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BACK TO BASICS: 4 Ways to Cultivate Essentialism into your Training

Posted on Feb 21, 2018 5:54 PM

BACK TO BASICS: 4 Ways to Cultivate Essentialism into your Training

Over the next few weeks, we'll be sharing some articles that hold similar lessons and themes to that of the content we'll be covering in the upcoming TRX Training Summit. In this week's blog, we'll explore the idea behind receiving maximum output with minimum input. 
“Mastering simplicity is the key to understanding complexity.”
-A Wise Man

In this day and age, the explosive growth of the internet is both a blessing and curse. For instance, we have access to training concepts that were once confined to college lecture halls; thus, we are able to share ideas that were once relegated to dusty, overpriced and often outdated textbooks. It’s also simpler than ever before to get inside the minds of experts in just about any field, and sometimes to even engage them in conversation. And yet for all the promise and potential that such proliferation of information holds, there are also some new challenges, particularly in the health and fitness space. First, the sheer quantity of data and the speed with which we’re barraged by it can be counterproductive. Second, in the age of the web celebrity trainer, it’s hard to know who to trust and how much stock to put in a popularity game that elevates would-be authorities because of their Instagram following (consequently, true experts oftentimes become afterthoughts). And third, there’s a serious lack of curation to help us separate the hype from useful information.

As a result, even highly competent and experienced coaches and their athletes can feel overwhelmed, get caught up in minor details, and struggle to find the real signals in the noise. It’s all too easy to also get trapped in the false belief that to be successful, you have to embrace complexity and keep adding more to maintain progress and preserve a competitive edge. Unfortunately, this can put us on a treadmill that we’re barely able to keep pace with.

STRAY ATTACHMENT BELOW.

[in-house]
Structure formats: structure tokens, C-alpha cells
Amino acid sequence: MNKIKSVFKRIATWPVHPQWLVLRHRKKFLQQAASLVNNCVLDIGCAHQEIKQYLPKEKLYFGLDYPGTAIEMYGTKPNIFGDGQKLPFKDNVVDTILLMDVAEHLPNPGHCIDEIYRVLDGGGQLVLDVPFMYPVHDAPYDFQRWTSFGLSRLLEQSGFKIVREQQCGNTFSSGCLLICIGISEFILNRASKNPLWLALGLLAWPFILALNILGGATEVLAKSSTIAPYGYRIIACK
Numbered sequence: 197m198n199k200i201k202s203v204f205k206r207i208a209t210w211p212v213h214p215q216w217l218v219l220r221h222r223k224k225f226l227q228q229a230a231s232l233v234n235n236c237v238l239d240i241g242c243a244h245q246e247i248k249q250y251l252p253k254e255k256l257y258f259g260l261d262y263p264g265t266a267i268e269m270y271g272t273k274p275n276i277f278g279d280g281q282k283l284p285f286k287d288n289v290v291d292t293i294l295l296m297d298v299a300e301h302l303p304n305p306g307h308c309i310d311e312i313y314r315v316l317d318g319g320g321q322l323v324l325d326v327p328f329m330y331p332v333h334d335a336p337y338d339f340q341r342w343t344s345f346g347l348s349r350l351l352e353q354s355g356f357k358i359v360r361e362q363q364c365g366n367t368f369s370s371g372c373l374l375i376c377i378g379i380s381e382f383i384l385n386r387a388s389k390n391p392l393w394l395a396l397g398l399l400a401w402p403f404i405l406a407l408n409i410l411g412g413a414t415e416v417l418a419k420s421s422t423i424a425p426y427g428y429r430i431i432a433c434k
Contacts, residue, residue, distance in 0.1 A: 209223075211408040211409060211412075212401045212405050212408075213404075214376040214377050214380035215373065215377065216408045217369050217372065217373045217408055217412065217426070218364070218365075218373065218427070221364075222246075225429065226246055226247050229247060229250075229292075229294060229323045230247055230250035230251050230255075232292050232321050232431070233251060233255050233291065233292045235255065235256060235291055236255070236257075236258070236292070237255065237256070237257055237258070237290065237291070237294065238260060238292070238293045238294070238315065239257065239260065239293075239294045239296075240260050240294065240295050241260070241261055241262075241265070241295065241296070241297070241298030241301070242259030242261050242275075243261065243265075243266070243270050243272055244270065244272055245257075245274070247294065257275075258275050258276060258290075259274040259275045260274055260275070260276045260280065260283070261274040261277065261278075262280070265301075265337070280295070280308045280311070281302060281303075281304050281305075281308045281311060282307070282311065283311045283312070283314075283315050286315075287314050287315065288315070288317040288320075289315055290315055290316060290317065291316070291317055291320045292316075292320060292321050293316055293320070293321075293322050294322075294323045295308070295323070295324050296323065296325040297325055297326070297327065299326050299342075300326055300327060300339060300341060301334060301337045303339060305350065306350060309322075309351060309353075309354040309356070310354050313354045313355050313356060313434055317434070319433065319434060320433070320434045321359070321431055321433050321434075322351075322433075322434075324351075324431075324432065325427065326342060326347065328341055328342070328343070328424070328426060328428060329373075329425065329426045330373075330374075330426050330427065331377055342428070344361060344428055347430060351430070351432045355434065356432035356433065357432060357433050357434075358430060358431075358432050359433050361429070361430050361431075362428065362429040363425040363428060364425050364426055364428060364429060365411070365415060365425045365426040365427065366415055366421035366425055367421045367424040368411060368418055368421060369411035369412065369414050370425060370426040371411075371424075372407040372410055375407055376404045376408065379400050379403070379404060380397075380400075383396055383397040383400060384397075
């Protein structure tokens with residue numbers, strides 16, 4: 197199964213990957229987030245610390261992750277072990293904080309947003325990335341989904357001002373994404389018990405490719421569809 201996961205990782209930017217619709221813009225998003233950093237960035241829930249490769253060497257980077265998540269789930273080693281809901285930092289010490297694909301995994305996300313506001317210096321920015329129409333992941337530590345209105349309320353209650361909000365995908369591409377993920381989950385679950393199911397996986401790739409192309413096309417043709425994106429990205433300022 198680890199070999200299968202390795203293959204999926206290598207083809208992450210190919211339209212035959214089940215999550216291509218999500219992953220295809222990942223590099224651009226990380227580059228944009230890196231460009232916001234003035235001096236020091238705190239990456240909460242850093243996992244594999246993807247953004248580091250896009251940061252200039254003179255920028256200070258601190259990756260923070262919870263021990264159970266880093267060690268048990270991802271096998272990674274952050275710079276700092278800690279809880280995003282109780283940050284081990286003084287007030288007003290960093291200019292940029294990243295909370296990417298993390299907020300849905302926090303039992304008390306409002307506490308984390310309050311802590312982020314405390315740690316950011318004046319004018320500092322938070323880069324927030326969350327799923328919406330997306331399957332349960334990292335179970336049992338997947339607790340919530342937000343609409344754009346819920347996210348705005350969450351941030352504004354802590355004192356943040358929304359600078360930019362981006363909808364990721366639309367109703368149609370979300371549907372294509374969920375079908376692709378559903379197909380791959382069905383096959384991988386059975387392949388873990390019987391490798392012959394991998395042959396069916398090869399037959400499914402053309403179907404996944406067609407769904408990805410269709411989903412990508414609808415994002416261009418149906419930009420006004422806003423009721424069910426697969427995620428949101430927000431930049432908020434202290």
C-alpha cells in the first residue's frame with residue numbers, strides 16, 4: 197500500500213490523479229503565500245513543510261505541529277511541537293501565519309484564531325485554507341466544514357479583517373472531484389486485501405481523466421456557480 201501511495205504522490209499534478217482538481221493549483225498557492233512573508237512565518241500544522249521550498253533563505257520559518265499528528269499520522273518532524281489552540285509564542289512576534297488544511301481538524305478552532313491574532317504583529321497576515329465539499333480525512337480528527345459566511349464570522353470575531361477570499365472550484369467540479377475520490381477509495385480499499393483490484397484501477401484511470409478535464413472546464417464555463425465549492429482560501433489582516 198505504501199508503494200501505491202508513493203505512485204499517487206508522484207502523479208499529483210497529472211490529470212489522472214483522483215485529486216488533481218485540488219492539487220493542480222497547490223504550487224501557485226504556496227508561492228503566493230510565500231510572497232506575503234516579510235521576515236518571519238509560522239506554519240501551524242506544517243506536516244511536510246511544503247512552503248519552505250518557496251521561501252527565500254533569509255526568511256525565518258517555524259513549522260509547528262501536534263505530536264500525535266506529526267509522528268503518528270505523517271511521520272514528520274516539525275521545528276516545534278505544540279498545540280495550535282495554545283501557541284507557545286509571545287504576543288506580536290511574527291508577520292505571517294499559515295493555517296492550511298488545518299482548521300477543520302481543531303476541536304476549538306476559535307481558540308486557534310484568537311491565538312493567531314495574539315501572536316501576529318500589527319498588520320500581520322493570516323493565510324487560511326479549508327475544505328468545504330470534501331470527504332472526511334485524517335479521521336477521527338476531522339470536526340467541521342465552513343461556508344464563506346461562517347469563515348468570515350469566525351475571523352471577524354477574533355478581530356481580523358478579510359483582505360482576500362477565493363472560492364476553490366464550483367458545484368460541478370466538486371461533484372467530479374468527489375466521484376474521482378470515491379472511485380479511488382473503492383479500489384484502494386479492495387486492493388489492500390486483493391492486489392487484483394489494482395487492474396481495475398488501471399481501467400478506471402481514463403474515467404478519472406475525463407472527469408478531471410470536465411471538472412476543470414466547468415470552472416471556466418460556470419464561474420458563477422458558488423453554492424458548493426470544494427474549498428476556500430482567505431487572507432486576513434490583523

Now that we are almost 2 full months into the new year, let’s step back and make sure that we’re on the right track. Rather than pursuing complexity for its own sake, it’s high time that we get back to focusing on basics and doing simple things well, both for ourselves and the clients who depend on us for guidance.

Here are 4 ways to get started:


If you look at daily practices from around the world, you start to see commonalities and crossovers in those that have stood the test of time. Breathwork; use of hot and cold; and meditation are three examples of practices that have endured for centuries or even millennia. Why? Because they work. Tibetan monks don’t need a high-tech lab to show them the efficacy of controlled breathing and how it can change state. Nor do people who use cold plunges and saunas in Sweden need double-blind studies to verify the effects of thermal cycling. They just know that it works. Rather than blindly trusting in technology and assuming that every new thing will lead to forward progress, we need to look to ancient traditions to find practices that can truly move the needle. And then turn to the likes of Brian Mackenzie and Andrew Huberman to see the evidence behind breath work and other life-enhancing practices and find new ways to put them into practice. Focus on owning your positions and movements by focusing on controlled breath.